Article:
CHENNAI: In a country dissected by too many lines of inequalities and planes of segregation, we are never lacking in markers of discrimination. But, would you have considered the presence of a rich and resonant oral history tradition — co-existing with the pace of the digital information era — as one? For a community that is just about finding its spotlight in the fringes of the mainstream, oral history continues to play a huge part in how transwomen’s lived experiences make their way to the outside world. For ages, it’s been a means for women in the community to share knowledge, remember those lost, guide young ones, keep each other safe and find strength even across borders. It’s this repository that Thanuja Singam and A Revathi dug into for Queer Chennai Chronicles’ latest iteration of Chennai Queer LitFest.
Thanuja, an Eelam Tamil trans rights activist, who is now a dental hygienist in Germany, pointed out that there’s much of the community’s way of life that have still not made it to print. “It’s only now that we’re getting a platform to tell our stories. It’ll take much more time for the ‘forbidden’ stories and those without a voice to make it to the fore; for people to be willing to listen to it,” she suggests. For such oral history comes with much pain and struggles of survival. Right from the journey every transwoman undertakes — often crossing state lines and even travelling to other countries — to get the identity-affirming surgery.
And so the Twitter Spaces uraiyadal began with Revathi, theatre artiste, author and trans activist, narrating her journey from a village in Salem to Delhi, equipped with just Rs 350 and a bare bones address — all this when she was just a teenager. How did she even know that she would find her answers in Delhi? A chance friendship with lungi-clad transwomen in her village that led her to Dindugal’s Seiveer Amma and the Delhi transwomen who come to her during the temple festival season. “All of them looked like real women; I was so awed. It was there that I was able to live as a woman — I put on my sister’s paavadai-sattai and wore a wig. It felt like a world that was made for me,” she recounts. A few months later, she — who had barely seen a train till that point — found herself boarding one to Delhi.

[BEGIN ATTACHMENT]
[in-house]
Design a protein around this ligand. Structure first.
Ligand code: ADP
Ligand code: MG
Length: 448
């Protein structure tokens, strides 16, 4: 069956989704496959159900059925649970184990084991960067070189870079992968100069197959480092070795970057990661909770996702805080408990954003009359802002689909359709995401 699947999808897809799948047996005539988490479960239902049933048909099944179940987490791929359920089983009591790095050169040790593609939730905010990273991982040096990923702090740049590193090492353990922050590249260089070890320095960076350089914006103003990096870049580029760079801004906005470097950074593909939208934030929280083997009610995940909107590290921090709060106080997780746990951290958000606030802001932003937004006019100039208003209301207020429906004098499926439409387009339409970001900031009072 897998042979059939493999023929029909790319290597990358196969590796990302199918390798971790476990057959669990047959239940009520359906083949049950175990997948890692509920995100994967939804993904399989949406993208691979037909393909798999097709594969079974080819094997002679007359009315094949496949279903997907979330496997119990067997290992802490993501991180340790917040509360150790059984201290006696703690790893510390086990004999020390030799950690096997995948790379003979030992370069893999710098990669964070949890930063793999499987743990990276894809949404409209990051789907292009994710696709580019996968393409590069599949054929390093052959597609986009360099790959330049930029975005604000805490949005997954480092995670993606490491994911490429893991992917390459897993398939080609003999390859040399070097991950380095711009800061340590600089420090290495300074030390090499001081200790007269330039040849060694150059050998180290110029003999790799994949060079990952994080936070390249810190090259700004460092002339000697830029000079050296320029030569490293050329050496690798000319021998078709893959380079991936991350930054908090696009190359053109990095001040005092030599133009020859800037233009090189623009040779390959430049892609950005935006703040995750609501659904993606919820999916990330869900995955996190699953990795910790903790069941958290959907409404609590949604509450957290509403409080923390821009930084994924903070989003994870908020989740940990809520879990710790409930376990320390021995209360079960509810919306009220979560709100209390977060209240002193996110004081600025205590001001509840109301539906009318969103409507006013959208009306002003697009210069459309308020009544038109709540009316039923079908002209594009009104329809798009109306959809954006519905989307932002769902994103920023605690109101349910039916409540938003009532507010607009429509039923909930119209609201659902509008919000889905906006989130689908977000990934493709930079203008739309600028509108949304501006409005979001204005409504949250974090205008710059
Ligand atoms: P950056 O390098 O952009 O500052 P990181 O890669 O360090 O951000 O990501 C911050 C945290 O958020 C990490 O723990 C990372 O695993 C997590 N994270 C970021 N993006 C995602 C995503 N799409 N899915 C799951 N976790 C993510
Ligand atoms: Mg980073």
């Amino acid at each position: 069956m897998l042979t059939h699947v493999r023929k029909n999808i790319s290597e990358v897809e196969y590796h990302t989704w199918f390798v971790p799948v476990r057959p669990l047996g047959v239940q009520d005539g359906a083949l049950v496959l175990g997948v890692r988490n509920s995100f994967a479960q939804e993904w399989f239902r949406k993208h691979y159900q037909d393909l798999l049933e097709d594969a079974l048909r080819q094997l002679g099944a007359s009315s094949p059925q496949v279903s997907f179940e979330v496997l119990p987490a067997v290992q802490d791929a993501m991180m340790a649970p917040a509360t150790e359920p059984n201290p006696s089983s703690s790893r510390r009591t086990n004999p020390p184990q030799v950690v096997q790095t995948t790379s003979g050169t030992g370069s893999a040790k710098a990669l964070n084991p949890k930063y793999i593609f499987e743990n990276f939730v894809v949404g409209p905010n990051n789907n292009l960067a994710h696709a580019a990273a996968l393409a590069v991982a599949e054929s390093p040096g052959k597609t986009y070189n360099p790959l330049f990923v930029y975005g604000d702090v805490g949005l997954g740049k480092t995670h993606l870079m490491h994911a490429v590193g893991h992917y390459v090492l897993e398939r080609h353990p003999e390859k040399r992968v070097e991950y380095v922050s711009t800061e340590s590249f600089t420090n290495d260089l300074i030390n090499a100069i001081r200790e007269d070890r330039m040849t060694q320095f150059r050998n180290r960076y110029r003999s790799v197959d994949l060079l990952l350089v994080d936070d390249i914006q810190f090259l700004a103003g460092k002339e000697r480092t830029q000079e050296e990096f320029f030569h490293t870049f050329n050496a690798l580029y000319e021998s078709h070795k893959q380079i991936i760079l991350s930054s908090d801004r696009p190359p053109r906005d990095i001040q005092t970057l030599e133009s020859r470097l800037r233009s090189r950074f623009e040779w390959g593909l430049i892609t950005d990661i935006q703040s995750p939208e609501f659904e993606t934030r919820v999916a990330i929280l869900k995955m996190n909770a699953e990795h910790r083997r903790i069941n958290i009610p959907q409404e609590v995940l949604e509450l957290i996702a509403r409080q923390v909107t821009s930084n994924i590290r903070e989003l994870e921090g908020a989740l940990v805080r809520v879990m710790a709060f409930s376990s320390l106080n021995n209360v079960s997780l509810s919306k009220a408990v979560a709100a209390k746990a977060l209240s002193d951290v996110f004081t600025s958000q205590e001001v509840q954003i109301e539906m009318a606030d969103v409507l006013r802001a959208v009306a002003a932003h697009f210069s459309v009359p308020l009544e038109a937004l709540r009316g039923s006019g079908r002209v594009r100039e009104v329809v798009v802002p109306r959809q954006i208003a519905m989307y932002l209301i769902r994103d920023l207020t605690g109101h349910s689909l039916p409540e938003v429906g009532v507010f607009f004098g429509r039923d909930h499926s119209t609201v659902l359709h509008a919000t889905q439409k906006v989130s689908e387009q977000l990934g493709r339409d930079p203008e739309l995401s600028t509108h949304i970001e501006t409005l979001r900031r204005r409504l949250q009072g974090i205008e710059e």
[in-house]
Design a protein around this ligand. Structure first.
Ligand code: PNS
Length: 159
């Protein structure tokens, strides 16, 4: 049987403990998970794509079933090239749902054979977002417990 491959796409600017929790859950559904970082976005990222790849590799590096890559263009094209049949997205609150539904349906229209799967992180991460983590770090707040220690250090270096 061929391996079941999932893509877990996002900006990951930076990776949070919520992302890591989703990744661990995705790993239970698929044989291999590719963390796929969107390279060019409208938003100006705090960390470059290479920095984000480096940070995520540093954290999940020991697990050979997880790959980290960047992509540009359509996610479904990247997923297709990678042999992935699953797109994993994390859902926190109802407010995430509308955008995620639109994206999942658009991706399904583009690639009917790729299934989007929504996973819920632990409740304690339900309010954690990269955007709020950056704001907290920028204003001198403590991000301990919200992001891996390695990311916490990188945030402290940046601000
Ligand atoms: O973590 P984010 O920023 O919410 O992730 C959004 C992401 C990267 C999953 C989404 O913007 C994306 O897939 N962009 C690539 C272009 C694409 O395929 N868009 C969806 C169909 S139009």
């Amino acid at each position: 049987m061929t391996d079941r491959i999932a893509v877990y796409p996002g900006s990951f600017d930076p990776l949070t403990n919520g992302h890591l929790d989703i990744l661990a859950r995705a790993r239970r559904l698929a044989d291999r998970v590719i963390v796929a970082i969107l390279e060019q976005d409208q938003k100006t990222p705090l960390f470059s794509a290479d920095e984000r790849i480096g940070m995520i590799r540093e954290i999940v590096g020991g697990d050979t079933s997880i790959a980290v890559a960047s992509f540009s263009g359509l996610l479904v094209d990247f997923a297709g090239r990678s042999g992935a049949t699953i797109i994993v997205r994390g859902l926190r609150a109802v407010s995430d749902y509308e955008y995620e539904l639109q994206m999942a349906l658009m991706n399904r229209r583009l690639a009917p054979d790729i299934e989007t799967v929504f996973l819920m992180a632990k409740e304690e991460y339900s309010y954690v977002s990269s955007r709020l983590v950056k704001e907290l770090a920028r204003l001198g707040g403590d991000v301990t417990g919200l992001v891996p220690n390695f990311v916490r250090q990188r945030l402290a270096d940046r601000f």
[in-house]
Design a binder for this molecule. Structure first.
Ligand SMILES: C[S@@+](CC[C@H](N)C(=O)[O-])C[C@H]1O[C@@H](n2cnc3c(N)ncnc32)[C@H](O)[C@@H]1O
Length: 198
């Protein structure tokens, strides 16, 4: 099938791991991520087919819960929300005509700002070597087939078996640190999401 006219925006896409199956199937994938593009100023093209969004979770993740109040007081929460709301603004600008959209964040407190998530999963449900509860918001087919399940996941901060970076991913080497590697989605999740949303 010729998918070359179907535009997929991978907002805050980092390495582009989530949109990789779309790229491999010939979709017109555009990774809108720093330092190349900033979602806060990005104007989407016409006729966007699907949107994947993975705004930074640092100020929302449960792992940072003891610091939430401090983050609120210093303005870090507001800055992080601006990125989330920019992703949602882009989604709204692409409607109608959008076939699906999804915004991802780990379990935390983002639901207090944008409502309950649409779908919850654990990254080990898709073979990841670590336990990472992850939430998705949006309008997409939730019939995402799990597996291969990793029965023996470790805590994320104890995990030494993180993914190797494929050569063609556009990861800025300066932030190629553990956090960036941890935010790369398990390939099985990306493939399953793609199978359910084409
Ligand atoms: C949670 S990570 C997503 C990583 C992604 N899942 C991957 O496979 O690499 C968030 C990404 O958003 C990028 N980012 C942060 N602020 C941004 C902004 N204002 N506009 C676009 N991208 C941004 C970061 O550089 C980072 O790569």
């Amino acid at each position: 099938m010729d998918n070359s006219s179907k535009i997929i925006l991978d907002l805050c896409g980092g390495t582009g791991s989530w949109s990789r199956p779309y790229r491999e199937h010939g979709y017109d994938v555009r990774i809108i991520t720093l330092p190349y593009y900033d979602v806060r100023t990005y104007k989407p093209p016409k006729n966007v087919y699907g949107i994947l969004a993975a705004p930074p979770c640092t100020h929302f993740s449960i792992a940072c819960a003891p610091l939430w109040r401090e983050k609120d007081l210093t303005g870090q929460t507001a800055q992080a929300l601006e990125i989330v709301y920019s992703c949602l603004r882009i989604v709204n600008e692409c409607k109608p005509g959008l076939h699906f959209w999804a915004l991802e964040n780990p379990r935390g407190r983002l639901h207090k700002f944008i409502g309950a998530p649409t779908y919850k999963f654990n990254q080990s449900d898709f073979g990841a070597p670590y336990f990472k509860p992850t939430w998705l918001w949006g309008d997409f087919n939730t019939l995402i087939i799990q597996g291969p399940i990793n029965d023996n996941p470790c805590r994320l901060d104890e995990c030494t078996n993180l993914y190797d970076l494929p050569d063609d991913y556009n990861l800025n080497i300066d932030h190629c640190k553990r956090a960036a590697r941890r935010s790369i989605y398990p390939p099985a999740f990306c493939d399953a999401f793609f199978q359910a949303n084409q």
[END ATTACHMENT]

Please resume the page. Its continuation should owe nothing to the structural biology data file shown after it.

Taking off from Revathi’s journey, Thanuja pointed out that the society keeps transwomen in constant motion — in search of even the most basic of their requirements. While the sex affirmation surgery had Indian transwomen reaching out to Delhi and Mumbai, women in Malaysia and Singapore were moving to other countries for it. That’s how the late Asha Amma — M Asha Devi, a prominent figure in Malaysia’s trans rights movement — made her way to India. In the years to come, after Malaysia bans the surgery and Singapore makes it prohibitively expensive, other women would go to Thailand.
Even if it meant cutting short the recovery period to just two days and returning home in an eight-hour bus ride, urine bag in tow, narrated Thanuja. The situation, while different in other countries, comes with its own set of problems. While Sri Lanka aids and assists in every legal way, going as far as changing the details in one’s birth certificate, there is very little social acceptance there, she said. While the Western countries have far more facilities and awareness, its people have very little tolerance for the trans community.
While both Thanuja and Revathi had written about their lives and strife, their work emanated from a place of oral history. For Revathi (The Truth About Me: A Hijra Life Story), it was compiling the 5-10 minute speech capsules she had been used to preparing for the events and lectures she had been invited to over the years. For Thanuja (Thanuja: Eezha Thirunangaiyin Payanamum Porattamum), it was documenting the state of affairs of migrating transwomen and the countries they encounter. At the end of the night, this Twitter Spaces event itself became a slice of oral history that is set to be documented for posterity.